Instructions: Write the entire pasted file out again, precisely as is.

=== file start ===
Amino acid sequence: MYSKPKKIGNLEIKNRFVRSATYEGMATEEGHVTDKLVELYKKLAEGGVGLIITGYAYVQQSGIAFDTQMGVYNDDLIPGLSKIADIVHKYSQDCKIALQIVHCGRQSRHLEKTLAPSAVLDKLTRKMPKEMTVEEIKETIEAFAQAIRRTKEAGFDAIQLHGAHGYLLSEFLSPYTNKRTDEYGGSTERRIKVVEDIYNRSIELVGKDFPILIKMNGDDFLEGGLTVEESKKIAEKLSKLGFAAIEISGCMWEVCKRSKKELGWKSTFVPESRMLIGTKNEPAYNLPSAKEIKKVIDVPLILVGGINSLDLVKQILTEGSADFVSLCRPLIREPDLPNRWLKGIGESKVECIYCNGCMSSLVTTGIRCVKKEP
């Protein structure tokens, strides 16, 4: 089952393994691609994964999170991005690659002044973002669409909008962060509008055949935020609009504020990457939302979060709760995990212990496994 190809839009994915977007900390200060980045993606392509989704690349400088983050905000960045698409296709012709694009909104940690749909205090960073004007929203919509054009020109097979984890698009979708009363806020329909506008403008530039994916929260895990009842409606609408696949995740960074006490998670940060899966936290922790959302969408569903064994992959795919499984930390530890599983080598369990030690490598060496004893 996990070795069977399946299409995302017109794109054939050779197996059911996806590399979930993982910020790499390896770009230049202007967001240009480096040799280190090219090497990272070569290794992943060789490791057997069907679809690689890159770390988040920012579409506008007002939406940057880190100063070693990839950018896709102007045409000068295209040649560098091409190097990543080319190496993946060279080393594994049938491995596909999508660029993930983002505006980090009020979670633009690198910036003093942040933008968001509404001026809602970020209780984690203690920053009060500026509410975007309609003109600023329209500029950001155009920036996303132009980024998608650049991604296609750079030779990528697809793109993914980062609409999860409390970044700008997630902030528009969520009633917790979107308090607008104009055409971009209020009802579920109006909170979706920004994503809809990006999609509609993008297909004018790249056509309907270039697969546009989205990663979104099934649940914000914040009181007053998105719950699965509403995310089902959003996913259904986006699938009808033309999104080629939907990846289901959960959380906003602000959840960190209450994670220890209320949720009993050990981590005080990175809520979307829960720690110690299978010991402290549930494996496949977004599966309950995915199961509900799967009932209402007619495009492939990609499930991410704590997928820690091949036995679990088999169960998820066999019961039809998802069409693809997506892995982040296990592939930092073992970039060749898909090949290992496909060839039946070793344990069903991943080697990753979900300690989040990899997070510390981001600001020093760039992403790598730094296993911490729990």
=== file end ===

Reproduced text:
Amino acid sequence: MYSKPKKIGNLEIKNRFVRSATYEGMATEEGHVTDKLVELYKKLAEGGVGLIITGYAYVQQSGIAFDTQMGVYNDDLIPGLSKIADIVHKYSQDCKIALQIVHCGRQSRHLEKTLAPSAVLDKLTRKMPKEMTVEEIKETIEAFAQAIRRTKEAGFDAIQLHGAHGYLLSEFLSPYTNKRTDEYGGSTERRIKVVEDIYNRSIELVGKDFPILIKMNGDDFLEGGLTVEESKKIAEKLSKLGFAAIEISGCMWEVCKRSKKELGWKSTFVPESRMLIGTKNEPAYNLPSAKEIKKVIDVPLILVGGINSLDLVKQILTEGSADFVSLCRPLIREPDLPNRWLKGIGESKVECIYCNGCMSSLVTTGIRCVKKEP
């Protein structure tokens, strides 16, 4: 089952393994691609994964999170991005690659002044973002669409909008962060509008055949935020609009504020990457939302979060709760995990212990496994 190809839009994915977007900390200060980045993606392509989704690349400088983050905000960045698409296709012709694009909104940690749909205090960073004007929203919509054009020109097979984890698009979708009363806020329909506008403008530039994916929260895990009842409606609408696949995740960074006490998670940060899966936290922790959302969408569903064994992959795919499984930390530890599983080598369990030690490598060496004893 996990070795069977399946299409995302017109794109054939050779197996059911996806590399979930993982910020790499390896770009230049202007967001240009480096040799280190090219090497990272070569290794992943060789490791057997069907679809690689890159770390988040920012579409506008007002939406940057880190100063070693990839950018896709102007045409000068295209040649560098091409190097990543080319190496993946060279080393594994049938491995596909999508660029993930983002505006980090009020979670633009690198910036003093942040933008968001509404001026809602970020209780984690203690920053009060500026509410975007309609003109600023329209500029950001155009920036996303132009980024998608650049991604296609750079030779990528697809793109993914980062609409999860409390970044700008997630902030528009969520009633917790979107308090607008104009055409971009209020009802579920109006909170979706920004994503809809990006999609509609993008297909004018790249056509309907270039697969546009989205990663979104099934649940914000914040009181007053998105719950699965509403995310089902959003996913259904986006699938009808033309999104080629939907990846289901959960959380906003602000959840960190209450994670220890209320949720009993050990981590005080990175809520979307829960720690110690299978010991402290549930494996496949977004599966309950995915199961509900799967009932209402007619495009492939990609499930991410704590997928820690091949036995679990088999169960998820066999019961039809998802069409693809997506892995982040296990592939930092073992970039060749898909090949290992496909060839039946070793344990069903991943080697990753979900300690989040990899997070510390981001600001020093760039992403790598730094296993911490729990």